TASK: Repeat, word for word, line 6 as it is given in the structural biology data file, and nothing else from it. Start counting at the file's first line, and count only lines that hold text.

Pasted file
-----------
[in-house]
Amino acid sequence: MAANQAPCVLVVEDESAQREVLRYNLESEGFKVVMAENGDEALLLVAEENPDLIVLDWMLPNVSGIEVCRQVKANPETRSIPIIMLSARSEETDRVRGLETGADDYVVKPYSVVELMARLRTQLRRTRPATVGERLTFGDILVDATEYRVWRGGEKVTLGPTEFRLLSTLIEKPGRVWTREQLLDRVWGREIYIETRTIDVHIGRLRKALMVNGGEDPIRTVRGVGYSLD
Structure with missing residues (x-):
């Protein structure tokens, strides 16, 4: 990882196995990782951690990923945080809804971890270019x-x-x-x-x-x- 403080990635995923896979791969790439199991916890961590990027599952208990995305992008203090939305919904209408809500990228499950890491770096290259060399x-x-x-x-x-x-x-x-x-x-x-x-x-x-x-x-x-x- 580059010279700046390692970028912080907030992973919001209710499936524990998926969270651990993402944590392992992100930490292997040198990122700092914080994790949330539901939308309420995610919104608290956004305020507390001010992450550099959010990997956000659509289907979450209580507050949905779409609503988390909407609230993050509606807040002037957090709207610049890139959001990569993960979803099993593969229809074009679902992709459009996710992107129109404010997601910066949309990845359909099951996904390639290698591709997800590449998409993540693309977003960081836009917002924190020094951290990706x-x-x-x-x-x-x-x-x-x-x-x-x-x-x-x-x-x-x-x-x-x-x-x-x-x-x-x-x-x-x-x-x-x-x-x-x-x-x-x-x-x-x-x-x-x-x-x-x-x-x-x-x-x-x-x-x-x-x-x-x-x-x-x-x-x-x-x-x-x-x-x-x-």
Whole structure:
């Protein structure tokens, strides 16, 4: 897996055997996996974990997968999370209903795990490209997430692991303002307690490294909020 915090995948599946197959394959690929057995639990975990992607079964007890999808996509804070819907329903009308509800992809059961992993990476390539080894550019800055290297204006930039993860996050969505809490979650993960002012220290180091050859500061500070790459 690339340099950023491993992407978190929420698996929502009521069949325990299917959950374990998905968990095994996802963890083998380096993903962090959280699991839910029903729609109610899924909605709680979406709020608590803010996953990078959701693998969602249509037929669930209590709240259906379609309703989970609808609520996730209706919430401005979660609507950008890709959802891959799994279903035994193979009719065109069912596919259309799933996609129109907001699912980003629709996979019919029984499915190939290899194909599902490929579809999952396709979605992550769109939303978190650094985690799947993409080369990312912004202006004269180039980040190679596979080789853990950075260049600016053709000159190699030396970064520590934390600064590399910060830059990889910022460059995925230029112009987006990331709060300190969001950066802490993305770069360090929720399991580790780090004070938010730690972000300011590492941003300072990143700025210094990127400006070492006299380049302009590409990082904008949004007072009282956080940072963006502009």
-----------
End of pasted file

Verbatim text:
């Protein structure tokens, strides 16, 4: 897996055997996996974990997968999370209903795990490209997430692991303002307690490294909020 915090995948599946197959394959690929057995639990975990992607079964007890999808996509804070819907329903009308509800992809059961992993990476390539080894550019800055290297204006930039993860996050969505809490979650993960002012220290180091050859500061500070790459 690339340099950023491993992407978190929420698996929502009521069949325990299917959950374990998905968990095994996802963890083998380096993903962090959280699991839910029903729609109610899924909605709680979406709020608590803010996953990078959701693998969602249509037929669930209590709240259906379609309703989970609808609520996730209706919430401005979660609507950008890709959802891959799994279903035994193979009719065109069912596919259309799933996609129109907001699912980003629709996979019919029984499915190939290899194909599902490929579809999952396709979605992550769109939303978190650094985690799947993409080369990312912004202006004269180039980040190679596979080789853990950075260049600016053709000159190699030396970064520590934390600064590399910060830059990889910022460059995925230029112009987006990331709060300190969001950066802490993305770069360090929720399991580790780090004070938010730690972000300011590492941003300072990143700025210094990127400006070492006299380049302009590409990082904008949004007072009282956080940072963006502009």